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Why It's Important to Talk on the Phone Instead of Texting

Texting Is Great, but It's Important to Pick Up the Phone and Call Your Friends

THE O.C., Rachel Bilson, (Season 3), 2003-2007. photo:  WB / Courtesy: Everett Collection

A lot of people don't enjoy talking on the phone; you're either a "phone person" or you're not. Personally, I've always loved a good, long phone call. In middle school, I could spend hours chatting it up with friends I'd been hanging out with 20 minutes earlier. When my best friend worked as a nanny one Summer, she called me every day to talk while the kids napped. And I spent a lot of time in high school curled up in bed (or my beanbag chair) to talk to a boyfriend — on the family landline, of course.

I definitely don't have time to enjoy as many leisurely phone conversations anymore, but I do talk to a friend or two just about every day, and it makes me a better person. I left my hometown about a decade ago, so I have a lot of long-distance friendships, and the group text just isn't enough sometimes. As for friends who live nearby, I tend to call them fairly often, too, because there's something to be said for a true, real-time connection and the energy boost that comes from even a short conversation with someone you care about. Sure, texting is efficient, but the best ways to show love aren't efficient, so every once in a while, yep, you need to pick up the phone.

"Sure, texting is efficient, but the best ways to show love aren't efficient, so every once in a while, yep, you need to pick up the phone."
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Okay, you don't NEED to pick up the phone, and if you're not a "phone person," by all means, live your life and text it up! Be the "@" queen in Instagram comments! I agree that a full-on phone call can sometimes feel daunting or annoying. A friend recently joked that she couldn't remember the last time her phone rang, and "thank God for that." I knew what she meant, because I do a double take every time I see someone's actually calling and I realize it's not just another text or push notification.

We're all accustomed to that quick, address-it-whenever-you-want communication style, so a phone call is jarring and oddly disruptive — a surprising interruption that puts us on the spot. Even when it's not a great time to talk, though, I still try to answer a call whenever it's from a friend. (Unknown numbers? Forget it. I'm not a psychopath.) The thing is, phone calls seem stressful because we feel pressure to let them go on for hours like it's 2002 or something, but five minutes with a best friend is better than nothing.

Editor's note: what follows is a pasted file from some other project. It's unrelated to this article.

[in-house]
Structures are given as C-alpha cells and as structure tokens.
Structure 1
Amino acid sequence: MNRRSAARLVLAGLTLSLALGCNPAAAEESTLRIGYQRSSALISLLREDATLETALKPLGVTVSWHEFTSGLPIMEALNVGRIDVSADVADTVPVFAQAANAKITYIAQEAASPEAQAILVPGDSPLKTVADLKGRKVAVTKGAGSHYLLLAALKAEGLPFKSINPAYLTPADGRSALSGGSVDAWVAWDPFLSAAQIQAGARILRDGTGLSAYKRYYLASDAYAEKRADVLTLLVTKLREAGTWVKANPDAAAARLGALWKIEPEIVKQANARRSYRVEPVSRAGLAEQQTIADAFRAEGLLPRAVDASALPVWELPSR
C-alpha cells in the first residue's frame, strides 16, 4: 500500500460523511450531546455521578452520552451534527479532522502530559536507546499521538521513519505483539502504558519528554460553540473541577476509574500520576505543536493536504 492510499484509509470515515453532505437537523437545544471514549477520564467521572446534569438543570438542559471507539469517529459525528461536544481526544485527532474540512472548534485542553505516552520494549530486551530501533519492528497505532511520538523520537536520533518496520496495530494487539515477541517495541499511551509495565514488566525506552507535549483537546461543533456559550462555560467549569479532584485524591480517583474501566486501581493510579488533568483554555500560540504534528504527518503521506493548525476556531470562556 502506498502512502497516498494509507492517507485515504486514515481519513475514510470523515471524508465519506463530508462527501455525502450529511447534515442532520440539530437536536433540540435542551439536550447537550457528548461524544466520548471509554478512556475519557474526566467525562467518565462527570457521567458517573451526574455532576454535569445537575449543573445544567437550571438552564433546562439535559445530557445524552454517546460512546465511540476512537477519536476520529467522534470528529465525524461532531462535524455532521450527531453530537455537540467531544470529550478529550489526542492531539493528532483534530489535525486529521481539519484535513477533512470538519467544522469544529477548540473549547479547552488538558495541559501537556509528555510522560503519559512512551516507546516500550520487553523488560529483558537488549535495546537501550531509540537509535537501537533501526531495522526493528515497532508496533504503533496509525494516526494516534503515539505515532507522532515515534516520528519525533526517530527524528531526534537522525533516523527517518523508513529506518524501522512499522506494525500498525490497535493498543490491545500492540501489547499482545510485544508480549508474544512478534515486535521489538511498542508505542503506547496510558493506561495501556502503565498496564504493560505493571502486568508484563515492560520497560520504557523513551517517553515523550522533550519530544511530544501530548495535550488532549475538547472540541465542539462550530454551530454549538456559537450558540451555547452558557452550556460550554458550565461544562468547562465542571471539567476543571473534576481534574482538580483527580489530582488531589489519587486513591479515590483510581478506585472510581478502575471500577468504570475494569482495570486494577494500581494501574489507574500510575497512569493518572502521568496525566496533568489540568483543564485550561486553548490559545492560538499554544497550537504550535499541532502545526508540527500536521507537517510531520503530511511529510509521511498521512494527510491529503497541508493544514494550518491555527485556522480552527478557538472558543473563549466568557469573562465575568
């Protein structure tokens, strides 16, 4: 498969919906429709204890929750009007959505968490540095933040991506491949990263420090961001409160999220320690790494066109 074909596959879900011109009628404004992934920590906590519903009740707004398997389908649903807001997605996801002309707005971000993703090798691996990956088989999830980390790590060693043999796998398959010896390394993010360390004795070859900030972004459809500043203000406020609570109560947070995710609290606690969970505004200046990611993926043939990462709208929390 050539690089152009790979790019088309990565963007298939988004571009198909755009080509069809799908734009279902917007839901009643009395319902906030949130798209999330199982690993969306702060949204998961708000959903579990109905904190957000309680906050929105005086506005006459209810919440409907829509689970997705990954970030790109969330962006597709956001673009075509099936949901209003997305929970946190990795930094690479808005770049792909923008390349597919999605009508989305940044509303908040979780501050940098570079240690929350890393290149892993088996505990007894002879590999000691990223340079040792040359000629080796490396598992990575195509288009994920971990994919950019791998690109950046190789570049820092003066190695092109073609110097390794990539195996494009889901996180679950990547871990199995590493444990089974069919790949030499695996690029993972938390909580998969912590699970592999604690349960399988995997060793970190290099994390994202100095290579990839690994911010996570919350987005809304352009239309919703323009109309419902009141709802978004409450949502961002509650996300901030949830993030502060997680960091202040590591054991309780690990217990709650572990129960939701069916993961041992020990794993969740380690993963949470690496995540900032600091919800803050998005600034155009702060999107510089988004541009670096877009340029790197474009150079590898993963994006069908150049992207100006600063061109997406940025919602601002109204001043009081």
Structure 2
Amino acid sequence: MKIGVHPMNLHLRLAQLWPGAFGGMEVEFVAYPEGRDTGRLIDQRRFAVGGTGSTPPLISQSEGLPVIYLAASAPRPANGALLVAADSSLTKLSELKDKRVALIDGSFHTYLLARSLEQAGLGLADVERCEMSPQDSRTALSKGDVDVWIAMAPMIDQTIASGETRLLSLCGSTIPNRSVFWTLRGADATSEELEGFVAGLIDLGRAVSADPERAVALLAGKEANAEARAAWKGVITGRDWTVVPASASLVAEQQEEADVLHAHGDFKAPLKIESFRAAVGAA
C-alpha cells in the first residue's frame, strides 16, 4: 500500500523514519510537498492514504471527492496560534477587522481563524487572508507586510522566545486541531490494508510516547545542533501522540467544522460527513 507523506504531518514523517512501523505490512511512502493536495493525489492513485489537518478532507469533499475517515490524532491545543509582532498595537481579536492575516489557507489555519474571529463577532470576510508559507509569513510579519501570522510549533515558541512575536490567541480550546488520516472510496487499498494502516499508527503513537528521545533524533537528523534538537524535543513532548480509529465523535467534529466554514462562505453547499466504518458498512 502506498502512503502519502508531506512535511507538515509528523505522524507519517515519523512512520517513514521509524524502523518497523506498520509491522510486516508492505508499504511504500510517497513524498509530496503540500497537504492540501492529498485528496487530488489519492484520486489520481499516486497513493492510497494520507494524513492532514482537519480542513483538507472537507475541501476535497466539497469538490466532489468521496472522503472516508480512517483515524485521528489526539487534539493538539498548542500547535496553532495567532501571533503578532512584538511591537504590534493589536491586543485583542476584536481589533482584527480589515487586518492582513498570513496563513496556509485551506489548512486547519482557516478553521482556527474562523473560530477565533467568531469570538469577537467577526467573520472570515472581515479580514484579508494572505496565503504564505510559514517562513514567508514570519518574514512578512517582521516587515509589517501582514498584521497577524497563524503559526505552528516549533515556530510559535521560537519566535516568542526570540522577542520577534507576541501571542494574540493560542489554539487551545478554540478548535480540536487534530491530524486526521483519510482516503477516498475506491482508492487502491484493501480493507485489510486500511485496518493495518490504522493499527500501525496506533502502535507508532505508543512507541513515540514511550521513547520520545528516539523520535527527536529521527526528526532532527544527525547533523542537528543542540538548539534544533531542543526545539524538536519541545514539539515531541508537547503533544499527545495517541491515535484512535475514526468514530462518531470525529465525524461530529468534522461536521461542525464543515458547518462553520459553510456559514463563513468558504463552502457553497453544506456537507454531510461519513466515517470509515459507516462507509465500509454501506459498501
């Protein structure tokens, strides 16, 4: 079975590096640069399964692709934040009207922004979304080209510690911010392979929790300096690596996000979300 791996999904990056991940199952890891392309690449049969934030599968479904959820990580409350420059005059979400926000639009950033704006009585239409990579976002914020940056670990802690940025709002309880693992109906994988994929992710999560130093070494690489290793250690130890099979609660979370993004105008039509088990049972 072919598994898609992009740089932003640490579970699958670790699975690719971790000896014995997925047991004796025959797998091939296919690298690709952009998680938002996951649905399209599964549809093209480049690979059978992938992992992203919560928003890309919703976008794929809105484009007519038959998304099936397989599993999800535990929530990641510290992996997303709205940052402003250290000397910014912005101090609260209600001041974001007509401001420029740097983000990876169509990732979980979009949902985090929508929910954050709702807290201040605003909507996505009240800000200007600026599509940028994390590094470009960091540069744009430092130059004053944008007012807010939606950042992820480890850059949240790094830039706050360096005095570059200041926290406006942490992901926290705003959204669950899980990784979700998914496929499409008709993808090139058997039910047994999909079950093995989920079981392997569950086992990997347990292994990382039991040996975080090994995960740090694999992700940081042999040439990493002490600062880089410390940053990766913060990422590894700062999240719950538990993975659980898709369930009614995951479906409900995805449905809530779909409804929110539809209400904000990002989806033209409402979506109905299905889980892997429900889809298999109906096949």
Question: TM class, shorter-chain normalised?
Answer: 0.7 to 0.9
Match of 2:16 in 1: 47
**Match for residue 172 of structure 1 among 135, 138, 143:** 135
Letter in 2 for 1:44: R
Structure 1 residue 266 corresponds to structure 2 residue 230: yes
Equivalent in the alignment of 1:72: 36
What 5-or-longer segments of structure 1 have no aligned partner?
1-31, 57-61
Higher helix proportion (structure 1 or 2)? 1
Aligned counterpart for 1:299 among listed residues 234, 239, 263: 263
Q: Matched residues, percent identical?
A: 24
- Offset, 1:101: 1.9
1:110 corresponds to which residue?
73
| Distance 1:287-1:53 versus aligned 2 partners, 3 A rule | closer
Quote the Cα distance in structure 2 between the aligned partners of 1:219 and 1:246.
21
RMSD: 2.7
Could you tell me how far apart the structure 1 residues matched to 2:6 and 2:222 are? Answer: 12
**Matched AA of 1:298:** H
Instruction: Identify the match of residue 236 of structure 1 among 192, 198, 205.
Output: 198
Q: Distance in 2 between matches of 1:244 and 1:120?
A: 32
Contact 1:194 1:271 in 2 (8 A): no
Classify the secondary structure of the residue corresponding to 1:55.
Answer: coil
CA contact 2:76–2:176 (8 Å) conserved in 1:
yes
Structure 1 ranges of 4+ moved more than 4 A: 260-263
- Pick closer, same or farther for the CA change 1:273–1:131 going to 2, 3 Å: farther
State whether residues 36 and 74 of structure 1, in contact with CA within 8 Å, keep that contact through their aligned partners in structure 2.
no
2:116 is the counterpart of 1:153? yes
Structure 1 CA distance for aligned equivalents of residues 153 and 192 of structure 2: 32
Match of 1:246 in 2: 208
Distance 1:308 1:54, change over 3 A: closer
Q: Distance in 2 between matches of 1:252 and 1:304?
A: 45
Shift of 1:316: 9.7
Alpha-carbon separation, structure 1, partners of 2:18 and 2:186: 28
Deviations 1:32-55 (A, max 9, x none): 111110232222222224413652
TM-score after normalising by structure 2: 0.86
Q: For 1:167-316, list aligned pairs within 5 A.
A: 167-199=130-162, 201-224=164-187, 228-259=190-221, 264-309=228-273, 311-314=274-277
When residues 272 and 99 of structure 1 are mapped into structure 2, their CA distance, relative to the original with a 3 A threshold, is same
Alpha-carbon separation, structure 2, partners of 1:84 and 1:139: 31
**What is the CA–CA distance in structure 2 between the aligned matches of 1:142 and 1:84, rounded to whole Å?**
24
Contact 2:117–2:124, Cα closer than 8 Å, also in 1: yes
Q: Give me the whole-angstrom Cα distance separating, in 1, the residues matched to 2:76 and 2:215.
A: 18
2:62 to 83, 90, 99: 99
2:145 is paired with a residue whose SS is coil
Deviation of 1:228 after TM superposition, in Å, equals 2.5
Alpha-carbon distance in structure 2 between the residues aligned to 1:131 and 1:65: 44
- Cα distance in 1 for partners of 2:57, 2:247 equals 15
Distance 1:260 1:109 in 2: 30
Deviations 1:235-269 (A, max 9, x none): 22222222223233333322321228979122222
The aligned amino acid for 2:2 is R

I was born in the late '80s, which means I'm an "old millennial" who didn't live in an all-texting, all-the-time world until college. Before then, there were precious phone minutes to be considered and games of Snake to be played on my brick of a Nokia. Instead of popping into the group chat to gossip, we'd wait until everyone was at the lunch table or we'd hope our best friends signed into AIM after dinner. Is that why I still love talking on the phone? Is there a sense of nostalgia? Maybe. Probably. In any case, I genuinely look forward to talking to a friend, whether it's an hour-long conversation during my commute or a 10-minute chat while I walk to the coffee shop.

That rapid, back-and-forth rhythm of a conversation with someone you love, their familiar voice, hearing an actual laugh instead of seeing a cry-laugh emoji — it's good for the soul. It lets time stretch out a bit and forces you to focus on the connection rather than moving between a text, an article, and an Instagram story, then back again. You get to sink into the moment, soak up the intimacy, and, every once in a while, feel like you're 16 again.

Image Source: Everett Collection
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